The Bureau of Reclamation outlined that 71% of the planet is covered with water, however, only 3% of that is freshwater which is fit for human consumption, of which more than two-thirds (83%) are frozen as ice glaciers and unavailable for use. SDG 6 is aimed at attempting to mitigate the global effects of water scarcity, as access to clean water is essential for the survival of humans, the economy and animals on Earth (Guppy et al., 2019). According to the WHO (2018) by 2025 two-thirds of the world will have difficulty accessing clean water. For this reason, the preservation and protection of freshwater ecosystems is essential. Inland aquatic ecosystems are a source of water for societal and economic use, thus large amounts of water are required to remain within these ecosystems to ensure their health and continued provision of services (UN-WATER, 2021). That is because healthy ecosystems offer protection to the quantity and quality of freshwater. SDG 6 is therefore vital, as the lack of clean water is related to human deaths by water-borne diseases and the lack of food security, leading to hunger for subsistence farmers and decreased/exhausted income for the commercial farmers as crop farming is not viable without clean water supply (UN-WATER, 2021). The lack of crop cultivation will in turn result in bare land which is more susceptible to degradation. Thus interlinkages exist between SDG 6 and SDG 15, to safeguard the inland water ecosystems as to ensure that they remain healthy(natural or near-natural) and resilient (UN-WATER, 2021).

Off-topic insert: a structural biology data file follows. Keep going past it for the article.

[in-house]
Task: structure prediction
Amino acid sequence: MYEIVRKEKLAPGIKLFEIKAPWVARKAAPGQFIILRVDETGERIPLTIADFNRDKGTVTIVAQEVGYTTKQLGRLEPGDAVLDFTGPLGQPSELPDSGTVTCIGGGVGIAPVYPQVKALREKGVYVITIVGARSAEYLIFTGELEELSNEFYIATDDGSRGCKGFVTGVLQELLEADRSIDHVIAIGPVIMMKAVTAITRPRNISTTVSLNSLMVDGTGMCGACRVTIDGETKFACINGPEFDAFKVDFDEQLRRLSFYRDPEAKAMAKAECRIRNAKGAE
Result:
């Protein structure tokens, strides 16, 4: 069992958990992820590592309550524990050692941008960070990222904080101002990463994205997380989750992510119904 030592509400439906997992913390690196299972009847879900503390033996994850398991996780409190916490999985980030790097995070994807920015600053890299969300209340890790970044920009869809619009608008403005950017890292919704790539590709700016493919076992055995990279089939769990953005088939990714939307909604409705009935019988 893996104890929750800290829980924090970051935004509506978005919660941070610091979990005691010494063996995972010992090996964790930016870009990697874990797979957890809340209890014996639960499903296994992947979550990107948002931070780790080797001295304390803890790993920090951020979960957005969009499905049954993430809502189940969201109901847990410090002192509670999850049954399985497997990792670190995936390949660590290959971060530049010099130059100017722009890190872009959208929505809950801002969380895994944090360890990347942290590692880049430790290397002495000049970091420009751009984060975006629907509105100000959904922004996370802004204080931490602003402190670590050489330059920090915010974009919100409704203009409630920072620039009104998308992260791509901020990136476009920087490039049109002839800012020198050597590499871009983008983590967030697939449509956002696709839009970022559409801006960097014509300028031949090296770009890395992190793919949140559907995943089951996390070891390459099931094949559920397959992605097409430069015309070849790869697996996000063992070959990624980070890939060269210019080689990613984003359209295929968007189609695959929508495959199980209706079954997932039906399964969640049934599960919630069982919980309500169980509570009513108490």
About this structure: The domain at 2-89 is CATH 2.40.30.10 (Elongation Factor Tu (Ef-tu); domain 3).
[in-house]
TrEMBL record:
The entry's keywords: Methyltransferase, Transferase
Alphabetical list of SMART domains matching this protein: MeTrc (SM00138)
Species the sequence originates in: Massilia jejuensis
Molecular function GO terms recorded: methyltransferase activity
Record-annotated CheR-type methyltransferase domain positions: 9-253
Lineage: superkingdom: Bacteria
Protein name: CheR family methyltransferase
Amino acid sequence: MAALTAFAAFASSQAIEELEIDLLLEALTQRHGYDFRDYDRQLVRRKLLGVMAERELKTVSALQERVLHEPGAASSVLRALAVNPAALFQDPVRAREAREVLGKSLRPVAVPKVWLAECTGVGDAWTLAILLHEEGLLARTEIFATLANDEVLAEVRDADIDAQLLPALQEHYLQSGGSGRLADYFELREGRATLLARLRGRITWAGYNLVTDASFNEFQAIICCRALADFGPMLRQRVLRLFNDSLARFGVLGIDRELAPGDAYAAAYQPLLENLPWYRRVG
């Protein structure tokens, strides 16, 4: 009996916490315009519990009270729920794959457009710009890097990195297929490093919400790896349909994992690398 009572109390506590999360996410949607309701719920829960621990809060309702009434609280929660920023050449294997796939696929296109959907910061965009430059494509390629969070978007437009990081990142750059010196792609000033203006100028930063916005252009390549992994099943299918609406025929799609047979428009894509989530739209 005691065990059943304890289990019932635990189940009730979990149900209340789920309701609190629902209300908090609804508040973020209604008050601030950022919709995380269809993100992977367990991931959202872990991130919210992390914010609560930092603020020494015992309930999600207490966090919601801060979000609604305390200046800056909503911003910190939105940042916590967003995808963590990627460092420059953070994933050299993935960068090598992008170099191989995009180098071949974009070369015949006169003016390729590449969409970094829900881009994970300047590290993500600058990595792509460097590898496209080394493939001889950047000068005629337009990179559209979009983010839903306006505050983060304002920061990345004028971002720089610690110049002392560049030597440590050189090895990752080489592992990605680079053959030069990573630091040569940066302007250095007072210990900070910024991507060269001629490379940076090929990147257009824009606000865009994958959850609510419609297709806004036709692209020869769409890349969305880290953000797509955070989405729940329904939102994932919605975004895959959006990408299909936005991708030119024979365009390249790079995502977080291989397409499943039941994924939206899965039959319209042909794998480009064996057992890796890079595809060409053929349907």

As indicated above, SDG 6 aims to safeguard water (as a resource) from pollution, excessive exploitation and other environmental and anthropogenic pressures, so as to provide protection to the health of terrestrial ecosystems. Therefore, close collaborations exist between SDG 6 and SDG 15 focusing mostly on water quality, wastewater treatment and the reduction of environmental pollutants being fed into ecosystems as freshwater ecosystems (including natural and artificial wetlands) provide environments with resilience capabilities toward droughts, flooding and storms. (UN-WATER, 2021). Other services which these ecosystems can provide include the treating of wastewater and polluted runoff (UN-WATER, 2021).
A key international instrument for terrestrial protection and sustainability is the Convention on Biological Diversity (CBD). The CBD was developed by the United Nations as a framework for “the conservation of biological diversity, the sustainable use of its components and the fair and equitable sharing of the benefits arising out of the utilisation of genetic resources.” The main objective of the CBD is to encourage UN member states to participate in actions, which will lead to a biologically diverse future. Furthermore, the CBD developed a set of 5 strategic global goals divided into 20 targets under the 2011-2020 Strategic Plan for Biodiversity known as the Aichi Biodiversity Targets. Targets 4, 5, 7 and 11, respectively promote the expansion of protected areas. Stipulated for target 11 is a threshold to have at least 17% of terrestrial ecosystems conserved through protected areas. South Africa currently falls short of the threshold at 8.37% (Fig 1.1.3).
Similarly, sustainable development goals are a global initiative to which the 193 UN member states have pledged allegiance. Therefore, the member states are continuously aiming towards ensuring the conservation, restoration and sustainable use of terrestrial ecosystems and their services by December 2020 with particular focus on forests, mountains and drylands as per SDG Target 15.1.
Bureau of Reclamation: https://www.usbr.gov/mp/arwec/water-facts-ww-water-sup.html accessed 13 May 2021